Near Harpers Ferry is a large piece of masonry that I didn’t get to. It is fascinating, though, because it represents something very rare: a memorial specifically dedicated to the war correspondents and artists who covered the Civil War.
The Battle of Harpers Ferry started on this day in 1862. The decisive engagement took place at Bolivar Heights, WV, on the heights to the west of Harpers Ferry, the town best known as the target of John Brown’s famous botched abolitionist raid of 1859. When we stayed in the town in 2010, we visited the small but important battleground site almost as an afterthought.
Long before the World Trade Center attacks, September 11 was a black day in U.S. history for another reason. This was the day in 1777 that saw the defeat of Washington’s Continental Army at the Battle of Brandywine, and a victory for British commander-in-chief General William Howe. This clash, followed by the inconclusive battle of Germantown, led to the capture of Philadelphia a few days later
Today marks the 200th anniversary of Oliver Hazard Perry’s victory over the British at the Battle of Lake Erie in 1813—part of the ultimately futile War of 1812 (which lasted through 1813, 1814, and, unofficially, early1815). This battle is probably best remembered for the words on Perry’s battle flag: “DON’T GIVE UP THE SHIP.”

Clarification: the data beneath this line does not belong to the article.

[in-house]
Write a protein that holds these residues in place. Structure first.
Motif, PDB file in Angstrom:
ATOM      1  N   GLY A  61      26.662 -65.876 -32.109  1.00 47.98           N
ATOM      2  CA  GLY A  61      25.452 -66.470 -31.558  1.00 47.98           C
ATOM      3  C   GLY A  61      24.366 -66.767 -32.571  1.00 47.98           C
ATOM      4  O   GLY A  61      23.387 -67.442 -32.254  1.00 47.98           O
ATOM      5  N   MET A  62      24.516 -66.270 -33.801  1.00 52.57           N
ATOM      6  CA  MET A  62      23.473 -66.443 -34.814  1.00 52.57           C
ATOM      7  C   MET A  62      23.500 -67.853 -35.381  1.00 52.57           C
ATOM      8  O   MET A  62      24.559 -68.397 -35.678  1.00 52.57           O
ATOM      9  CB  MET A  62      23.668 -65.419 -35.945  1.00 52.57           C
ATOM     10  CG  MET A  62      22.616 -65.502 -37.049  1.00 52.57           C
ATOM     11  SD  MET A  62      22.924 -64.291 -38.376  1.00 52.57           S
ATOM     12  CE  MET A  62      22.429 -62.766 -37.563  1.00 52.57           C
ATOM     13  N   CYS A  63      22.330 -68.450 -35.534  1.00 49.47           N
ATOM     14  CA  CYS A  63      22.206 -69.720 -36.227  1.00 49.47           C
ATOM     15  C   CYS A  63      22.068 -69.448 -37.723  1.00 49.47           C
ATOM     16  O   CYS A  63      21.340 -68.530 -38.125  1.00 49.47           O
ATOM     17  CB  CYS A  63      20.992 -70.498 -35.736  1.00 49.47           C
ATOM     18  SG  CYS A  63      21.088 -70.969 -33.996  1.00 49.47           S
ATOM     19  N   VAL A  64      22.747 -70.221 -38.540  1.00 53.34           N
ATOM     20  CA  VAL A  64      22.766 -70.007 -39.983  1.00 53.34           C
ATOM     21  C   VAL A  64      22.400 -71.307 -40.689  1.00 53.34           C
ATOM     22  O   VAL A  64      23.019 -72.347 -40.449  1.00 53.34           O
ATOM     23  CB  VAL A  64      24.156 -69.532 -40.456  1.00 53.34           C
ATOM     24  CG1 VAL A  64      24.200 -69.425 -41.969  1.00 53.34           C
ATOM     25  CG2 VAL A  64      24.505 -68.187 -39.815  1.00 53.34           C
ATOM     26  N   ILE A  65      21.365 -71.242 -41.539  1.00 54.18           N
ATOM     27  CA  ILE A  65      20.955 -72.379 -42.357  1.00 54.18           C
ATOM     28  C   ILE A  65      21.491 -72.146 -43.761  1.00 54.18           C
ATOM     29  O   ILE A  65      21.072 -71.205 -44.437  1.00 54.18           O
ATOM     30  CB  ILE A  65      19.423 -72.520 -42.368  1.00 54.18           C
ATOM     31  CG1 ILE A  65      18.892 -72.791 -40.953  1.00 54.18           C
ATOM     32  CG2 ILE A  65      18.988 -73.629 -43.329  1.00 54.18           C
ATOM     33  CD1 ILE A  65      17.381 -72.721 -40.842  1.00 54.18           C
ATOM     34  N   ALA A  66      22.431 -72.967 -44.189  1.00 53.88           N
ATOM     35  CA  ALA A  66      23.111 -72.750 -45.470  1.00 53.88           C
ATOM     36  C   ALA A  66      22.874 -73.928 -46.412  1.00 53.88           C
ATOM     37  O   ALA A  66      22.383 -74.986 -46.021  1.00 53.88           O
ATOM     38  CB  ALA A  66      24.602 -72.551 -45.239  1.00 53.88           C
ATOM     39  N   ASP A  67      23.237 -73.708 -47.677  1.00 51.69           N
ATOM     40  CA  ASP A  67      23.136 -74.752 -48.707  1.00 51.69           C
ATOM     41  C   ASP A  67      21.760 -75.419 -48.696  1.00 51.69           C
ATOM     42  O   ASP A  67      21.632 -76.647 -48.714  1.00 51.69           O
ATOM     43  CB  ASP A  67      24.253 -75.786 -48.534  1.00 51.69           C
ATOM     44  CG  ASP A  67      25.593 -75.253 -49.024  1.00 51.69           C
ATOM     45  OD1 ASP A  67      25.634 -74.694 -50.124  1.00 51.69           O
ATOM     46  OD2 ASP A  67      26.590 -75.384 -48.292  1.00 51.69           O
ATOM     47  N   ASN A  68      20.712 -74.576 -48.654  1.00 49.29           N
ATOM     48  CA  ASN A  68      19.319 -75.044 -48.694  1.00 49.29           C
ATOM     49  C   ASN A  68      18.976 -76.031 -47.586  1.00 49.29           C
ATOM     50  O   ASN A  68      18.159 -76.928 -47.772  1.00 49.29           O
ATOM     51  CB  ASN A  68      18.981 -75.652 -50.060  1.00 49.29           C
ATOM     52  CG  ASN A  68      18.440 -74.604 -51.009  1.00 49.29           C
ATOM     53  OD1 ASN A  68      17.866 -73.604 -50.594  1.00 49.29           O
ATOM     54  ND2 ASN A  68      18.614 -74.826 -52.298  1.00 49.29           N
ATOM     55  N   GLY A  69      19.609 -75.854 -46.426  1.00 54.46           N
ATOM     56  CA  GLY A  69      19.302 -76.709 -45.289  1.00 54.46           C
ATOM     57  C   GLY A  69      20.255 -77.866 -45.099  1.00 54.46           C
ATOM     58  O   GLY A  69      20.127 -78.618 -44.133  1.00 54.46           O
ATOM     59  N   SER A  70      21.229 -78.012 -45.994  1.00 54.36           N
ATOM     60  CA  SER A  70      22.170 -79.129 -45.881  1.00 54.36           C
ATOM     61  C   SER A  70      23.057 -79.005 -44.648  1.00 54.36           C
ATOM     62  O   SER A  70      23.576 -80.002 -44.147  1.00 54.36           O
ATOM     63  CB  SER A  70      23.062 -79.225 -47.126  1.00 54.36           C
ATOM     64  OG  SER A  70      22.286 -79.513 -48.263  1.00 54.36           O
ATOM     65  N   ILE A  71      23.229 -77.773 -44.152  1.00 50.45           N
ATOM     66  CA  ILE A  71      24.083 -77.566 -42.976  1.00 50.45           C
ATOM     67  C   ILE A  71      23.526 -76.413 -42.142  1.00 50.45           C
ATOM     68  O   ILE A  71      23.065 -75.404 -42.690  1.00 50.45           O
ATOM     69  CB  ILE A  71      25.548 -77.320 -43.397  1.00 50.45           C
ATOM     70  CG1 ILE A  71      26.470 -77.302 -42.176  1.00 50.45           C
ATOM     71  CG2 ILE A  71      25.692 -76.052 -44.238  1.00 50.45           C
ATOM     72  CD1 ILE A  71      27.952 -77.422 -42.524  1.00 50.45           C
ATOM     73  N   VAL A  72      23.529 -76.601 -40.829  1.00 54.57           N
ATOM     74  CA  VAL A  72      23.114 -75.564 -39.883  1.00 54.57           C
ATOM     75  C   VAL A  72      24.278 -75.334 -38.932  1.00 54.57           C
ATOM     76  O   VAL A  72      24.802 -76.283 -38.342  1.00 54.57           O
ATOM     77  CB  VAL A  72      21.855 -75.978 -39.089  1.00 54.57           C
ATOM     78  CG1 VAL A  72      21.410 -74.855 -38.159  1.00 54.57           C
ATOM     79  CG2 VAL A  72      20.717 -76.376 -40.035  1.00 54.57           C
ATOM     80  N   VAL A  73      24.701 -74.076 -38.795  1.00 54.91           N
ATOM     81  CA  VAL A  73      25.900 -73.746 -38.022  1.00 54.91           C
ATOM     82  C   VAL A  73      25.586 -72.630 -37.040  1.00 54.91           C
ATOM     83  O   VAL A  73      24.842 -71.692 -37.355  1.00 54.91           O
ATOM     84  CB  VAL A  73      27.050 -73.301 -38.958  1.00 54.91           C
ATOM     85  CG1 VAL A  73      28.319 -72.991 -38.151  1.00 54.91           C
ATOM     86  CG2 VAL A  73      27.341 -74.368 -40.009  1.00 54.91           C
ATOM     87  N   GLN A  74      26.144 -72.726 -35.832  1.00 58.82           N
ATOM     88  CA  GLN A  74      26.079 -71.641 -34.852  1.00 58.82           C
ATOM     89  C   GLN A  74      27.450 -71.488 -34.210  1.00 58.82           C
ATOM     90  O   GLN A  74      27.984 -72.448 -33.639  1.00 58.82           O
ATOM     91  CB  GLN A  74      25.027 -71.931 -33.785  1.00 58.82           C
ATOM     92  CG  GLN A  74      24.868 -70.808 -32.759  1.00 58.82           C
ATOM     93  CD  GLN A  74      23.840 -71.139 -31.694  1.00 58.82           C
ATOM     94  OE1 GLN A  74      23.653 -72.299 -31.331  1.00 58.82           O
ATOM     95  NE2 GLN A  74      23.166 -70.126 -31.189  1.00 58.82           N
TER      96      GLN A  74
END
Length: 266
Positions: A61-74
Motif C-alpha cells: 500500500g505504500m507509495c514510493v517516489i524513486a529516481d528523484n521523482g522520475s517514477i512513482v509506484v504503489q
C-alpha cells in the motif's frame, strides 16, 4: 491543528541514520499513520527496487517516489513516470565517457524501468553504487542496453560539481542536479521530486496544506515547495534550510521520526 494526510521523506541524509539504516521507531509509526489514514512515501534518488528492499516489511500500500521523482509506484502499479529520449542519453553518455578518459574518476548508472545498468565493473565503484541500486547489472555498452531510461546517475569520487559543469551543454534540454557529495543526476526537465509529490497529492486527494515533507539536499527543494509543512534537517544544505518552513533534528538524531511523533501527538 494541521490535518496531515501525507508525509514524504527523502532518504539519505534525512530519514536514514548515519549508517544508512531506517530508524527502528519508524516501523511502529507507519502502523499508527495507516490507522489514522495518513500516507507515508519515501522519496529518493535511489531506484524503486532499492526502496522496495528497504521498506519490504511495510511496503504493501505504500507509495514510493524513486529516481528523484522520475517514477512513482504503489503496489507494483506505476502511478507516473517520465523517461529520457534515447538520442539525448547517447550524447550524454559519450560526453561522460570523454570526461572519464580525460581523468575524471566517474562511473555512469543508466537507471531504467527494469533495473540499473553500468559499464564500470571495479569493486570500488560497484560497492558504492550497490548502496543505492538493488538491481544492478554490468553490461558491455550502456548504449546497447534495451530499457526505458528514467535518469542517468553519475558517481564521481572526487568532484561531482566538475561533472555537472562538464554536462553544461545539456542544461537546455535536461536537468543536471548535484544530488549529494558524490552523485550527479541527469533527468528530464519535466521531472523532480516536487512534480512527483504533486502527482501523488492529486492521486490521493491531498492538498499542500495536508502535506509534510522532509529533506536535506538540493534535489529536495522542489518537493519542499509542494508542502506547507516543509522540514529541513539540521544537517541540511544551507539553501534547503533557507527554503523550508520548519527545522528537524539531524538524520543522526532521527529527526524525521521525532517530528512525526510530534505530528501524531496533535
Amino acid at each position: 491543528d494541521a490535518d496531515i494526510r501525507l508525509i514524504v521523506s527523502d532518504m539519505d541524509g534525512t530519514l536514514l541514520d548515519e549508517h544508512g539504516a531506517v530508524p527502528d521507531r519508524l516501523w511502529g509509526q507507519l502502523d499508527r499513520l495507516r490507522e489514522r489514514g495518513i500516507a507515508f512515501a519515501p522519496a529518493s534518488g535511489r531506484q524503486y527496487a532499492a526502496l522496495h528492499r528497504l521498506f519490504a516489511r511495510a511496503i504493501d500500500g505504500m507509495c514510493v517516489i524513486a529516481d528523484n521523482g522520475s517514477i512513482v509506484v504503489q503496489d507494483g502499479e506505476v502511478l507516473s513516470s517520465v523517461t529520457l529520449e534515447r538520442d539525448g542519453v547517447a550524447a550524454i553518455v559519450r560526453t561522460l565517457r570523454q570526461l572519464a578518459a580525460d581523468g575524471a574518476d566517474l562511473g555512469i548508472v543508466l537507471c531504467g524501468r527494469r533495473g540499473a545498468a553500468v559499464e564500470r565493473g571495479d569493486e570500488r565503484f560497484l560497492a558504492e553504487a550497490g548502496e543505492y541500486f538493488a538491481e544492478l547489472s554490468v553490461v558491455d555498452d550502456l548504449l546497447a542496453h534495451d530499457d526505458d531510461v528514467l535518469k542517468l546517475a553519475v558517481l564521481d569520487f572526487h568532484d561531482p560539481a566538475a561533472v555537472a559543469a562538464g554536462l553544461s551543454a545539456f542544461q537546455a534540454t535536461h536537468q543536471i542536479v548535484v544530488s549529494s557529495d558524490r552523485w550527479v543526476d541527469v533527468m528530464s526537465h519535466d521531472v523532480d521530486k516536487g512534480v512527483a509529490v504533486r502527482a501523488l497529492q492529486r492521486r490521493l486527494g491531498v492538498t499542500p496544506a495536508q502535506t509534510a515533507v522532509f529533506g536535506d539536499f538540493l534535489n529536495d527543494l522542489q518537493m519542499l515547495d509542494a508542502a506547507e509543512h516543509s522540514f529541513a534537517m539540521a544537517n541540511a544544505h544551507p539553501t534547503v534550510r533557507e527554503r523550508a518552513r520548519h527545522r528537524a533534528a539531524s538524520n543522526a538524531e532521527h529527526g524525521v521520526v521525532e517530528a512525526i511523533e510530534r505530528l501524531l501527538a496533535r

Our local PBS station (WXXI) was replaying the Ken Burns series the “The National Parks: America’s Best Idea,” last weekend. The one I saw was the last episode, focusing on the story of the parks after World War II. The narrator made a big deal about the popularity of the parks among all kinds of Americans. It’s not something where, say, party affiliation makes much of a difference. That’s interesting.
September 9 is a pretty big day in Scottish history, thanks to two big events that occurred in the 16th century, both of which involved Scottish monarchs: James IV and Mary, Queen of Scots. But it’s Stirling Castle I really wanted to talk about. There’s been some sort of stronghold there for maybe 1400 years, though the earliest existing structures date back to about 1490.
One thing I want to do with this blog, beyond raising general issues about the role of our public sphere in helping us understand the past, is to focus on specific examples of monuments, memorials, and museums that help us do just that.